John in North America meets Sarah in Africa. Once he knows what $100 a year will do for her life, his luxuries don't look as important. He can save $100 and send it to her directly as a gift.

No charitys of goverment midleman nonsense. A personal firendship.

I was on a yahoo forum where people were asking for copies of EBooks. I noticed they were coming from one small village and I said what the heck, I made sure it was a real school and sent them $200 in books. These were $50 books from Hentzenwerke and worth every cent.

I wanted them to have the good that could come from the books because they are excellent books. I trusted in God that if they were stolen or resold it was an issue between the thief and God.

Otherwise you never act or you go nuts worrying about it.

I had another idea of taking the same idea for the Livestrong notebooks and making "Knowledge is Dignity" brand models to send $100 per $1000 notebook to an OLPC type program.

In exchange the laptop would also have a button to come up in a flash memory unity with the OLPC software on that PC so that people could play with what they were sending to others. It would be a lot more powerful based on the $1,000 laptops power. But it can be shown to friends and build a network in the first world of "hey.. I can give something like this to a child for $100.. sign me up."

I am currently looking for work myself. If any of you have projects refer them to braxton -at- aol.com.

In our contries, there are a lot of people who live under poverty level; and they cannot acces to new technologies, to the web, to the information. If this grey market can modify this i accept him.

Sorry for my english i'm french ;(


Well, I hate to be a pain in the ass, but it's "now more than ever," not "then." Kind of ironic to get the grammar wrong when you're writing about a laptop that's supposed to help educate children around the world.

Or is this just your not so subtle pitch to have someone send one of these your way? :)

Thanks for the catch! I never claimed I could spell or had great grammar.

You say Negroponte "made the grey market that much larger with an artificially high Western market price" of $450. That is not "artificially high". It is the difference between buying in quantity one and quantity one million. A product that costs $125 to make will normally sell at four or five times that at retail, or $500-$600, more or less.

In any case, the cost to the governments does not matter. You are asking whether people who get the computers for free will sell them. Some will. In countries where this would be a serious issue, it may be that food and medicine (or stopping any current wars and insurrections) should come first before the laptop (or perhaps better still, at the same time) so that nobody will feel the need to sell off their children's birthright just to stay alive.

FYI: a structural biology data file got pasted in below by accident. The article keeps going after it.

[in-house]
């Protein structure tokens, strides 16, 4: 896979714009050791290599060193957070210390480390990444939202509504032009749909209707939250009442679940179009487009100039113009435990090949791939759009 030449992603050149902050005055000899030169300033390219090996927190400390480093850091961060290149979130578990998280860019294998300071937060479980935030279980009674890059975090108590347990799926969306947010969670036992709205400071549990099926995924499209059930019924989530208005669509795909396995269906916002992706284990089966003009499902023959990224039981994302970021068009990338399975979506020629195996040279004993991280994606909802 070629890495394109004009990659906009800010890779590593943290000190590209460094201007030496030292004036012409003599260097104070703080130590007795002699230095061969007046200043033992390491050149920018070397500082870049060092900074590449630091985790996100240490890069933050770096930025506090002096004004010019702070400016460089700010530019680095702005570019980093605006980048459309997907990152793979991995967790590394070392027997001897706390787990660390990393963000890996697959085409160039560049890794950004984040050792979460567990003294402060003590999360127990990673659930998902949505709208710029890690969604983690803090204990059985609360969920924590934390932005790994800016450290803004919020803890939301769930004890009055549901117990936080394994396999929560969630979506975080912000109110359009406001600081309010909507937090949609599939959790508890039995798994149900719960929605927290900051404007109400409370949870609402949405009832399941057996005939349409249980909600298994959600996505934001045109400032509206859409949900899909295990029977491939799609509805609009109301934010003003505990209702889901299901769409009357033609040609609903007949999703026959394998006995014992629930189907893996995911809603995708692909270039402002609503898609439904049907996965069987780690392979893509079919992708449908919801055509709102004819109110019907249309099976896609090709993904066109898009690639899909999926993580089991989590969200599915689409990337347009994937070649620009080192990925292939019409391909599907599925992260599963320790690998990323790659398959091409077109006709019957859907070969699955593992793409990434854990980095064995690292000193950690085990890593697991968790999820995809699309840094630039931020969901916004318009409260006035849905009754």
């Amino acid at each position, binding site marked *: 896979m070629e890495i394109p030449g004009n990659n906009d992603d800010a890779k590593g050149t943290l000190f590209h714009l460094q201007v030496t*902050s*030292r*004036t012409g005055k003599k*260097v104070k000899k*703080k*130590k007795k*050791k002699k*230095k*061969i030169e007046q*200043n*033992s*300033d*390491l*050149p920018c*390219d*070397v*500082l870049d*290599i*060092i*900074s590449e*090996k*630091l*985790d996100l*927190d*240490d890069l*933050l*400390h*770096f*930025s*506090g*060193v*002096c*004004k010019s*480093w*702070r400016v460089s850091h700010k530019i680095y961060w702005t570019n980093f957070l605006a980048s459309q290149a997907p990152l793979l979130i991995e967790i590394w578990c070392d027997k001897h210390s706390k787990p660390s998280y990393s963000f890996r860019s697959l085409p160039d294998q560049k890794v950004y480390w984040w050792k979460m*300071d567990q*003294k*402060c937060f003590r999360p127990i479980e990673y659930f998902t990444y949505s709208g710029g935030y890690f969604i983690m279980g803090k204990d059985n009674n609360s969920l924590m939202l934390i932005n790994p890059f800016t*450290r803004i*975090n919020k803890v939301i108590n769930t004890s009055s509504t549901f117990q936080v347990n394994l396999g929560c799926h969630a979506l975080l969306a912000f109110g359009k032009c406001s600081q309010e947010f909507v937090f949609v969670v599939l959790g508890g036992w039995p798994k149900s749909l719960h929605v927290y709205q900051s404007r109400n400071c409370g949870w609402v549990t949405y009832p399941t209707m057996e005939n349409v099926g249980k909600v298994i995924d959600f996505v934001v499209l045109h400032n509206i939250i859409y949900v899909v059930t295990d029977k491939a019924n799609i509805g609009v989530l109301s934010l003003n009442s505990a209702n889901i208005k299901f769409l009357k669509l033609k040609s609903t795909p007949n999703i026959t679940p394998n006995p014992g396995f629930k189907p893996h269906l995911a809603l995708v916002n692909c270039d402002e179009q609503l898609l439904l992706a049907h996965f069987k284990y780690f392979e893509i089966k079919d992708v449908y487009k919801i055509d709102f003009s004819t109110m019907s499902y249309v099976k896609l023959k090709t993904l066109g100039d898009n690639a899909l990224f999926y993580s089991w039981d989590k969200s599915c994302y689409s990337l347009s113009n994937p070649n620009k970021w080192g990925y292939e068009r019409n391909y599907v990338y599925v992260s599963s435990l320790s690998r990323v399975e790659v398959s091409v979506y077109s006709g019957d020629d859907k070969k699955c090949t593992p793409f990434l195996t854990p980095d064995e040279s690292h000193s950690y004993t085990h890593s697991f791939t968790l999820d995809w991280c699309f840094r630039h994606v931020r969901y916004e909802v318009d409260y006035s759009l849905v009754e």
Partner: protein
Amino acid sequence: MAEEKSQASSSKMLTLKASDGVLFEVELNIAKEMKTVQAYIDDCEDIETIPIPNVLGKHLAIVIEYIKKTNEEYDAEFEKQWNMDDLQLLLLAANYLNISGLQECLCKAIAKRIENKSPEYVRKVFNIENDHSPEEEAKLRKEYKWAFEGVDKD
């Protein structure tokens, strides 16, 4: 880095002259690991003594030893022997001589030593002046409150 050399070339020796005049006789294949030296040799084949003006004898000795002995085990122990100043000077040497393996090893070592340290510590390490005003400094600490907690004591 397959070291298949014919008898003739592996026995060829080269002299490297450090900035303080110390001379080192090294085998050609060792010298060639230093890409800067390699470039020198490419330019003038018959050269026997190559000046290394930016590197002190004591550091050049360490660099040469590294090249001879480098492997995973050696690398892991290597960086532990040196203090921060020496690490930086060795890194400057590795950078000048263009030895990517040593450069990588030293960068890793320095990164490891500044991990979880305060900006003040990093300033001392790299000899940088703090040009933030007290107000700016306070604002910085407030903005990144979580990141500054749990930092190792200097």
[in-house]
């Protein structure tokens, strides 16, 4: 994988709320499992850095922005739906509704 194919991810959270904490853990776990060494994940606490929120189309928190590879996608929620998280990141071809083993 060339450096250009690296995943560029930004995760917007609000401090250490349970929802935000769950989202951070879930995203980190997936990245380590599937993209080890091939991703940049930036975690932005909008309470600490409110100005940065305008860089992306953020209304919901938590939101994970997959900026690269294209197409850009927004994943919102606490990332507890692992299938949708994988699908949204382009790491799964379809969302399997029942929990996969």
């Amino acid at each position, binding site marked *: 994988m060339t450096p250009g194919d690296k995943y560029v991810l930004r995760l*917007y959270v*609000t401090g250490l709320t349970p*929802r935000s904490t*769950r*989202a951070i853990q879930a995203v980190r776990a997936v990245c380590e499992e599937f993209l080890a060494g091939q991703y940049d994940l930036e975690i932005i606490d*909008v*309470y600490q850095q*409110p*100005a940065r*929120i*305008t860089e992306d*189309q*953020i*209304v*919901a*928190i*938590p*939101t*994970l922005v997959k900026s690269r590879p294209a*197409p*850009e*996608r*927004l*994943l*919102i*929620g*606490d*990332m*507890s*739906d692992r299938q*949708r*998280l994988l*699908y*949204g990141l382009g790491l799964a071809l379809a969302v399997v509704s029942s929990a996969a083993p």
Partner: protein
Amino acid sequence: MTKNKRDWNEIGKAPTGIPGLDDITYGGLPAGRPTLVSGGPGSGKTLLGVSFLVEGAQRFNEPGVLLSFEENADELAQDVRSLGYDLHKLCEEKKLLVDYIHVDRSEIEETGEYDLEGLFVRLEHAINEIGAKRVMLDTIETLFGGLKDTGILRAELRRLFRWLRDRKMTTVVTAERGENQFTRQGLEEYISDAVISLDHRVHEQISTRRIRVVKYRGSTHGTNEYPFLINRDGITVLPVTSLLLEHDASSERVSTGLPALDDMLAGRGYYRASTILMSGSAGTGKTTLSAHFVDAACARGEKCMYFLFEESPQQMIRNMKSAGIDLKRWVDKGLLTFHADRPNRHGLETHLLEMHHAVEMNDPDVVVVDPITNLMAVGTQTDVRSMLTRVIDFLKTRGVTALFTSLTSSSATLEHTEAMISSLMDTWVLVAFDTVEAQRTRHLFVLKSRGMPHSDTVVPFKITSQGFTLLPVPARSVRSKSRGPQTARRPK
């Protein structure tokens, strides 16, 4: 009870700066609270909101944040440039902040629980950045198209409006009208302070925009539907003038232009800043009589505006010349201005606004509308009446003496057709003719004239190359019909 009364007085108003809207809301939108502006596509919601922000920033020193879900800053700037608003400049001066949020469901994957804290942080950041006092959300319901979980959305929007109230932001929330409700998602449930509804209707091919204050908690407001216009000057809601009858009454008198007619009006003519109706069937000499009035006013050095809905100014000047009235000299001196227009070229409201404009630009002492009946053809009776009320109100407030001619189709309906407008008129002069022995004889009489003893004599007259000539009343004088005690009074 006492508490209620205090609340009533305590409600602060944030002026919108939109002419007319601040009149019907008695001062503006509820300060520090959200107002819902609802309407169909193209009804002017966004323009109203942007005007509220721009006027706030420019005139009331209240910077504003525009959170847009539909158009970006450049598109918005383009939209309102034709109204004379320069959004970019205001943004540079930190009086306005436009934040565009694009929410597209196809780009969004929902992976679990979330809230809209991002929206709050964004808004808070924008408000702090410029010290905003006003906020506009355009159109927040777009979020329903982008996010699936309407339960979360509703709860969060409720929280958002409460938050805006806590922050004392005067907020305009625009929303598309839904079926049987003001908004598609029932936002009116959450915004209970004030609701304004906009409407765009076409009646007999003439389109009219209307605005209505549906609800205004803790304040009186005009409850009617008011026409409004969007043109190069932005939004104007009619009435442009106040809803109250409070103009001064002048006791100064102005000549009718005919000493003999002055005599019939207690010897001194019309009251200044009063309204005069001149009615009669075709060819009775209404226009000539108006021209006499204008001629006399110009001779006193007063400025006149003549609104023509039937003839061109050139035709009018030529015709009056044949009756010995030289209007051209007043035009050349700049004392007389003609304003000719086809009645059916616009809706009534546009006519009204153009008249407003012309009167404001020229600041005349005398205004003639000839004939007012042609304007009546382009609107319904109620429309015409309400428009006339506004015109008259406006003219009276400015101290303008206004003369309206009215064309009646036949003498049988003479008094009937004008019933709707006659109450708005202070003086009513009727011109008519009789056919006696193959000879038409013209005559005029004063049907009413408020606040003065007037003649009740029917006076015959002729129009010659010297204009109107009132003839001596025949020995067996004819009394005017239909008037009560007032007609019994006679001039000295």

You say Negroponte "made the grey market that much larger with an artificially high Western market price" of $450. That is not "artificially high". It is the difference between buying in quantity one and quantity one million. A product that costs $125 to make will normally sell at four or five times that at retail, or $500-$600, more or less.

In any case, the cost to the governments does not matter. You are asking whether people who get the computers for free will sell them. Some will. In countries where this would be a serious issue, it may be that food and medicine (or stopping any current wars and insurrections) should come first before the laptop (or perhaps better still, at the same time) so that nobody will feel the need to sell off their children's birthright just to stay alive.

[QUOTE]In any case, the cost to the governments does not matter.[/QUOTE]

To you, perhaps not. To tax payers in OLPC nations? Perhaps a great deal more than you appreciate.

There's another issue in play that might influence the decision not to sell these units to us. The OLPC looks like a perfect user device for a whole bunch of vertical applications. Its also exactly what people who just use computers for emailing the kids and the like need. Since the price can't be beat you've got a situation where if it was sold in, say, the US it could take a rather nasty bite out of 'real' PC sales. This could have quite an impact on the business, an impact that might even trickle down to the companies supplying the parts for the OLPC. (Think about it -- if allowing someone to sell one of OLPC kills a sale of a $1K system then everyone in that real PC chain's going to lose.) The effect may be worse in reality since many people are going to discover that you just don't need to spend thousands on a computer. (In fact I wouldn't be surprised to learn that there's some kind of agreement that restricts sales of this unit in developed countries -- you're supposed to buy Vista and the hardware to run it, not this thing!)